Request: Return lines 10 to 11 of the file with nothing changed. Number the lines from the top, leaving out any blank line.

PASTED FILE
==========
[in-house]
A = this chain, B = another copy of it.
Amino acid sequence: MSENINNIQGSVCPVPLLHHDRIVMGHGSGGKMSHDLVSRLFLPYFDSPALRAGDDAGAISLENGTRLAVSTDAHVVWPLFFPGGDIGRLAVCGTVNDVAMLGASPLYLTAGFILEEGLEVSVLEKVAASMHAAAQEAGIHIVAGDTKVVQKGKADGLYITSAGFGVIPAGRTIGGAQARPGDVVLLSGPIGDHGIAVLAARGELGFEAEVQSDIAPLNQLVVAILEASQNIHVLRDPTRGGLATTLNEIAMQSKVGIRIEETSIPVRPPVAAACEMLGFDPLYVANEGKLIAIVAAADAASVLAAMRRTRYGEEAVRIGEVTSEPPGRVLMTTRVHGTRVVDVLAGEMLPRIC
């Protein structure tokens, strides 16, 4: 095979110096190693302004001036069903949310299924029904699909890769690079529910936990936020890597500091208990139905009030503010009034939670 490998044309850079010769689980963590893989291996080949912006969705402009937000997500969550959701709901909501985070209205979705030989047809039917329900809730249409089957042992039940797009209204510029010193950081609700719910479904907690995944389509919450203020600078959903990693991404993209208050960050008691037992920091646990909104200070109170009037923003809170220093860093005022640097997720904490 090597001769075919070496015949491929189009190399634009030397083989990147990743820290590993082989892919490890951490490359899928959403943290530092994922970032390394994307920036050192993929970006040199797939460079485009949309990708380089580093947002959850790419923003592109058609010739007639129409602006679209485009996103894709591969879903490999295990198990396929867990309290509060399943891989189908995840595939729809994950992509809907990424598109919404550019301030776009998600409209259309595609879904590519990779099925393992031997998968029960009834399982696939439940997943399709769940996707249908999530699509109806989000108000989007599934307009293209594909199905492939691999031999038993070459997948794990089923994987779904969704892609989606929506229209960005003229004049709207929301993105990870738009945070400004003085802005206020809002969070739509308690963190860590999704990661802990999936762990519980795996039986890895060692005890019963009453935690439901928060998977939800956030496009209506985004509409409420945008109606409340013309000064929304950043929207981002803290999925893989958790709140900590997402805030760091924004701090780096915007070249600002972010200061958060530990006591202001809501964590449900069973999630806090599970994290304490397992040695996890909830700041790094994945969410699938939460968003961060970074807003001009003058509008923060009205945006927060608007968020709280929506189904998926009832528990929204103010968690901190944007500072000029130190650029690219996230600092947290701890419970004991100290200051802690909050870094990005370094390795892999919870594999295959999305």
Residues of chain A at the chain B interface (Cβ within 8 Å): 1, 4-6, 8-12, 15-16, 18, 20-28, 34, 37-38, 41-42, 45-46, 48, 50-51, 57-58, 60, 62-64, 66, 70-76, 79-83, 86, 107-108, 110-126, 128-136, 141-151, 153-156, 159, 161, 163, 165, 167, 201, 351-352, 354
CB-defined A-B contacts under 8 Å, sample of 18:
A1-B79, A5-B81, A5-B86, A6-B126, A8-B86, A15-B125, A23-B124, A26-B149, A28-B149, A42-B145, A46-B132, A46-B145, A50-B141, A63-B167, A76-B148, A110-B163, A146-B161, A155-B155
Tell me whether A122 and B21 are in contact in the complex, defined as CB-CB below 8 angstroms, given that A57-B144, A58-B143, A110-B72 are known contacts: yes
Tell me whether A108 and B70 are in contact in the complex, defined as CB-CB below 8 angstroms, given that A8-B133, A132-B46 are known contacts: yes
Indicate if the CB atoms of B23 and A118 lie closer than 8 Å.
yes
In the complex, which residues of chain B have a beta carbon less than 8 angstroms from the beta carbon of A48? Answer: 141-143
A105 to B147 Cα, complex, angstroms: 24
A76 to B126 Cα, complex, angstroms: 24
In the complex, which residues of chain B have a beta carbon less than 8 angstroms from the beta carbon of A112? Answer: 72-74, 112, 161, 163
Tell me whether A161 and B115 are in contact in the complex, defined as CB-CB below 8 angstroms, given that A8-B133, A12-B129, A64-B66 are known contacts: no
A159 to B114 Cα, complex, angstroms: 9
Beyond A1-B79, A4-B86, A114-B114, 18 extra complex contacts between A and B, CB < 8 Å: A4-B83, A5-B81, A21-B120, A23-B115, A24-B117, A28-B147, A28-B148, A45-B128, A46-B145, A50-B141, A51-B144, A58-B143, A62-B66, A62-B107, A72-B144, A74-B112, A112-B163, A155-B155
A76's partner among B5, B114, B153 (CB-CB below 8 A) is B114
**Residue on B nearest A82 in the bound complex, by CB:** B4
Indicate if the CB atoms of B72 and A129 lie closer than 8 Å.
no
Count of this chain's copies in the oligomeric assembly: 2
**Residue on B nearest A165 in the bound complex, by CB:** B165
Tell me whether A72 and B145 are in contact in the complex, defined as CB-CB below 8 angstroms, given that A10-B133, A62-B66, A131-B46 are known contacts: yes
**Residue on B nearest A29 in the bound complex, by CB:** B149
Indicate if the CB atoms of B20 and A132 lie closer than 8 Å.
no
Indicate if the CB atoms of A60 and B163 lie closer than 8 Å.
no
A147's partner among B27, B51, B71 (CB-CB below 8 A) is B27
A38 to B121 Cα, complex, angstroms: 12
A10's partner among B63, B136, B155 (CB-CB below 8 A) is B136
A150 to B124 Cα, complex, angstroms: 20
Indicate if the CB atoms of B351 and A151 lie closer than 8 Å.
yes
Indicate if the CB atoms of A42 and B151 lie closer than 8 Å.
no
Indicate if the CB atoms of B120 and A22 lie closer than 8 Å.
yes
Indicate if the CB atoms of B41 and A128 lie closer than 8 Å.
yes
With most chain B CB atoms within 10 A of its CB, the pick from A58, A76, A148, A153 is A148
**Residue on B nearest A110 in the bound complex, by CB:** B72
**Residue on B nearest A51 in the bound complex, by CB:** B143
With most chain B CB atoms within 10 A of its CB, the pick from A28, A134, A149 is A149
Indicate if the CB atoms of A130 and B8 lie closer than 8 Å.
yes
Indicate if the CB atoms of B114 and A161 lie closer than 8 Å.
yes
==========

Indicate if the CB atoms of B23 and A118 lie closer than 8 Å.
yes